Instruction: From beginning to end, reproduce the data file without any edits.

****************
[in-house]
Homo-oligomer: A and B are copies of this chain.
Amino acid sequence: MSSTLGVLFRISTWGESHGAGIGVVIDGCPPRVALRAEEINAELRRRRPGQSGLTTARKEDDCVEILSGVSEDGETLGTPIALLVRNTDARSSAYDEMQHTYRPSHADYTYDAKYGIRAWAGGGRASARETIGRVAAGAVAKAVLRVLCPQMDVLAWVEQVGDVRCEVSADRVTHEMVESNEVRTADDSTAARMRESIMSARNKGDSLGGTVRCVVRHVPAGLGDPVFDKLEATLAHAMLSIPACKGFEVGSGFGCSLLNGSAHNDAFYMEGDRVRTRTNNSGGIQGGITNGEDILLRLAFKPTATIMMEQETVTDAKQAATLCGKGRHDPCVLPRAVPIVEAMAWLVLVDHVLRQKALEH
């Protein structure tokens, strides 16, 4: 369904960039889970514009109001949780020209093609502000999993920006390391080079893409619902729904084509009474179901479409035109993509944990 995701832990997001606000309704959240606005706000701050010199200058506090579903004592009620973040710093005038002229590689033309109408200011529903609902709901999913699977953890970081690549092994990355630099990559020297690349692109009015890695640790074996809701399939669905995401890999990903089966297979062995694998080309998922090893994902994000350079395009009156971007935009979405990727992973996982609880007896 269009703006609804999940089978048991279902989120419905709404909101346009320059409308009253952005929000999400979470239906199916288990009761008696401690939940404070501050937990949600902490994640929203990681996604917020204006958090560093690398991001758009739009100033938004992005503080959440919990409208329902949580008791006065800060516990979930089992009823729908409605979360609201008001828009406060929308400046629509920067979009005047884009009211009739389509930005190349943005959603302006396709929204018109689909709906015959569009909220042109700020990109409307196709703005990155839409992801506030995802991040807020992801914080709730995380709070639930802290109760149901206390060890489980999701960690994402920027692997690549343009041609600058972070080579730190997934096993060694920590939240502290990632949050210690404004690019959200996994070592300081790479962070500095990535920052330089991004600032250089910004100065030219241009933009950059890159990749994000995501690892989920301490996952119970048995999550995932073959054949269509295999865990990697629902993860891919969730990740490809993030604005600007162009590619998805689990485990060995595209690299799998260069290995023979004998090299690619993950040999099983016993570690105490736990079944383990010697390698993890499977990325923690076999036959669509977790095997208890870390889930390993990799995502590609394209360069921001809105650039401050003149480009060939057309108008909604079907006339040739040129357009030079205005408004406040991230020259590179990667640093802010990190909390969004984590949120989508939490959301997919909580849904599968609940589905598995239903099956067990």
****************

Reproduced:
[in-house]
Homo-oligomer: A and B are copies of this chain.
Amino acid sequence: MSSTLGVLFRISTWGESHGAGIGVVIDGCPPRVALRAEEINAELRRRRPGQSGLTTARKEDDCVEILSGVSEDGETLGTPIALLVRNTDARSSAYDEMQHTYRPSHADYTYDAKYGIRAWAGGGRASARETIGRVAAGAVAKAVLRVLCPQMDVLAWVEQVGDVRCEVSADRVTHEMVESNEVRTADDSTAARMRESIMSARNKGDSLGGTVRCVVRHVPAGLGDPVFDKLEATLAHAMLSIPACKGFEVGSGFGCSLLNGSAHNDAFYMEGDRVRTRTNNSGGIQGGITNGEDILLRLAFKPTATIMMEQETVTDAKQAATLCGKGRHDPCVLPRAVPIVEAMAWLVLVDHVLRQKALEH
């Protein structure tokens, strides 16, 4: 369904960039889970514009109001949780020209093609502000999993920006390391080079893409619902729904084509009474179901479409035109993509944990 995701832990997001606000309704959240606005706000701050010199200058506090579903004592009620973040710093005038002229590689033309109408200011529903609902709901999913699977953890970081690549092994990355630099990559020297690349692109009015890695640790074996809701399939669905995401890999990903089966297979062995694998080309998922090893994902994000350079395009009156971007935009979405990727992973996982609880007896 269009703006609804999940089978048991279902989120419905709404909101346009320059409308009253952005929000999400979470239906199916288990009761008696401690939940404070501050937990949600902490994640929203990681996604917020204006958090560093690398991001758009739009100033938004992005503080959440919990409208329902949580008791006065800060516990979930089992009823729908409605979360609201008001828009406060929308400046629509920067979009005047884009009211009739389509930005190349943005959603302006396709929204018109689909709906015959569009909220042109700020990109409307196709703005990155839409992801506030995802991040807020992801914080709730995380709070639930802290109760149901206390060890489980999701960690994402920027692997690549343009041609600058972070080579730190997934096993060694920590939240502290990632949050210690404004690019959200996994070592300081790479962070500095990535920052330089991004600032250089910004100065030219241009933009950059890159990749994000995501690892989920301490996952119970048995999550995932073959054949269509295999865990990697629902993860891919969730990740490809993030604005600007162009590619998805689990485990060995595209690299799998260069290995023979004998090299690619993950040999099983016993570690105490736990079944383990010697390698993890499977990325923690076999036959669509977790095997208890870390889930390993990799995502590609394209360069921001809105650039401050003149480009060939057309108008909604079907006339040739040129357009030079205005408004406040991230020259590179990667640093802010990190909390969004984590949120989508939490959301997919909580849904599968609940589905598995239903099956067990």